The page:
Caring: Child-death policy is sound, but handicapped.

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Normal Caring: Child-death policy is sound, but handicapped.

Post by Wrapitup on Sat Jan 14, 2012 2:40 am

Published: 06:30 PM, Fri Jan 13, 2012

If there were a policy shift whereby the state Division of Social Services could bring back Shaniya Davis, Cumberland County residents would not only welcome it; they'd demand it. The face of that 5-year-old, who died at the hands of a rapist in 2009, still haunts this place.

Hickory residents undoubtedly feel the same about Zahra Baker, a 10-year-old who was killed and dismembered in 2010.

The Eastern Band of Cherokee could tell you about Aubrey Kina-Marie Littlejohn, who saw only one birthday before her death in Swain County last winter.

In all three cases, local departments of social services were aware of documented or potential dangers in the home. It would be inaccurate to say that they did nothing, but some of what was done was wrong, and they plainly did too few of the right things.

The division's policy shift aims at doing the next best thing to bringing those children back: preventing new deaths by scheduling investigations according to what might be learned rather than according to which case was opened first.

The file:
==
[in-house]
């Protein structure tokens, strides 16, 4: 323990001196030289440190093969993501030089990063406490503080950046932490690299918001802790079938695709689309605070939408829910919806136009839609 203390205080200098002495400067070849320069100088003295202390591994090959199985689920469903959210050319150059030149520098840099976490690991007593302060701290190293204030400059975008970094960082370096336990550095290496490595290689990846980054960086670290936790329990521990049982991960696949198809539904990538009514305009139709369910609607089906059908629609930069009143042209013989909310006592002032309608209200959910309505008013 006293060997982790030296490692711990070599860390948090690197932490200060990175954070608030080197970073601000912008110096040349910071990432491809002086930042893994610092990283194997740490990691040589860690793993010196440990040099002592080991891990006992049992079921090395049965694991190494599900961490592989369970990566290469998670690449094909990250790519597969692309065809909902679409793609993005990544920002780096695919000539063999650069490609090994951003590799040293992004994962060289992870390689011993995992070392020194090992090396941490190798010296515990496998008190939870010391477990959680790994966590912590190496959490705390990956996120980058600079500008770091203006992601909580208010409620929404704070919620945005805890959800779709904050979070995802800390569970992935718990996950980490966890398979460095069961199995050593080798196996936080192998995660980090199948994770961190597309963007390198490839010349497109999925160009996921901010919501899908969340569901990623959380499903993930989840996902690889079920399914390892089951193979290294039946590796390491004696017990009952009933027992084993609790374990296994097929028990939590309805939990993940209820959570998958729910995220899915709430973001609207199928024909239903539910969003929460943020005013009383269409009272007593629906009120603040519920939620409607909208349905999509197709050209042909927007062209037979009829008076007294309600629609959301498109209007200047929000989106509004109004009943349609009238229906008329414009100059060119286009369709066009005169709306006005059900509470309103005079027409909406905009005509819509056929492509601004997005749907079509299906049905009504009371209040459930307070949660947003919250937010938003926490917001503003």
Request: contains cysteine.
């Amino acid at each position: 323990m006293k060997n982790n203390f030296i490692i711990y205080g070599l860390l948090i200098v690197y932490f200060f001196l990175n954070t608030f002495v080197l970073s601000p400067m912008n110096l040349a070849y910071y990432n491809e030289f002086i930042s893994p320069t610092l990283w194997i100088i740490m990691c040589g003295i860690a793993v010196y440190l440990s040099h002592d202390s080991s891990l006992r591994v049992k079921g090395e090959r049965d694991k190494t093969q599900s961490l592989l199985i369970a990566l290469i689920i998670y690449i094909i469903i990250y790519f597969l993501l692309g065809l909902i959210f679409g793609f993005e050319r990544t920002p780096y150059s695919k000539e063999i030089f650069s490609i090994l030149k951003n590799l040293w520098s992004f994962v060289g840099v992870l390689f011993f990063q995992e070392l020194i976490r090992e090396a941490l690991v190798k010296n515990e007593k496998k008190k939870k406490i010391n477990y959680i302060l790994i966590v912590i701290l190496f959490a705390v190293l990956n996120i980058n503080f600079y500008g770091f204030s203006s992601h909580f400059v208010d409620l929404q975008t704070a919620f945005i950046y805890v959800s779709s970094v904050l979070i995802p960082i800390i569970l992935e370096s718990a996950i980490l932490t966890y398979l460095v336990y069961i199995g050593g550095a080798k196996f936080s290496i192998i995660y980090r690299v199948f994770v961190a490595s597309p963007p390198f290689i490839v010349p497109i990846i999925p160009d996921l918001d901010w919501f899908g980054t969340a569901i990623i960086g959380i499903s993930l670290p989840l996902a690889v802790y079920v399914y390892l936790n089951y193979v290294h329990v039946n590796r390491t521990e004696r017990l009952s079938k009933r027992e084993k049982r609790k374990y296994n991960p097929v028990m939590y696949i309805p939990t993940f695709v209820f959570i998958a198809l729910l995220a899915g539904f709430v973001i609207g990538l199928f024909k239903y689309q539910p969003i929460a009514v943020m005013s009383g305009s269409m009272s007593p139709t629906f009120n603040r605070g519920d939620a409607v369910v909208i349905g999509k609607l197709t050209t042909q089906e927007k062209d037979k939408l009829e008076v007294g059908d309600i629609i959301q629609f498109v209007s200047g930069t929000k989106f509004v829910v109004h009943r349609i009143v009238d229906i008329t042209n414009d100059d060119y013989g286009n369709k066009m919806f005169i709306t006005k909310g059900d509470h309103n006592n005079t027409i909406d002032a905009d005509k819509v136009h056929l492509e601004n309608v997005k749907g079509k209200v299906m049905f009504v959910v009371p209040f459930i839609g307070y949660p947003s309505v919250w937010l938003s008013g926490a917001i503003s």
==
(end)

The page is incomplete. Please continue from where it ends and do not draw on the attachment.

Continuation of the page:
"The purpose," said Kevin Kelly, section chief for child welfare, "is to find any systemic issues that would prevent a similar fatality from occurring in the future."

That's common sense and consistent with proven practice. You don't see the cop on the beat writing parking tickets while someone's being assaulted and robbed a few feet away. And parking citations offer no insight into battling violent crime.

Having the State Child Fatality Review Task Force improve the way it does its job is unassailably sound reasoning. But there's a problem - a "systemic issue" at a much higher level, one that has trumped and will continue to trump whatever the task force tries to do. The state isn't doing its part.

It practically jumps off the page: "Currently, DSS has two employees and one temporary worker devoted to child fatality reviews in North Carolina's 100 counties." And, last year, a modest bill to hire a regional special investigator, just one, to standardize procedure statewide died a modest little death in the legislature.

There you have it. The division's policy tweak should help, and that's good. But the people we've voted into office don't care enough to fund a ramped-up effort. That certainly isn't true of all lawmakers, and every member probably would sputter in indignation. But the money isn't there, is it? And if they think money talks, they should hear its absence, which screams in pain and terror.

http://www.fayobserver.com/articles/2012/01/17/1149969?sac=Opin

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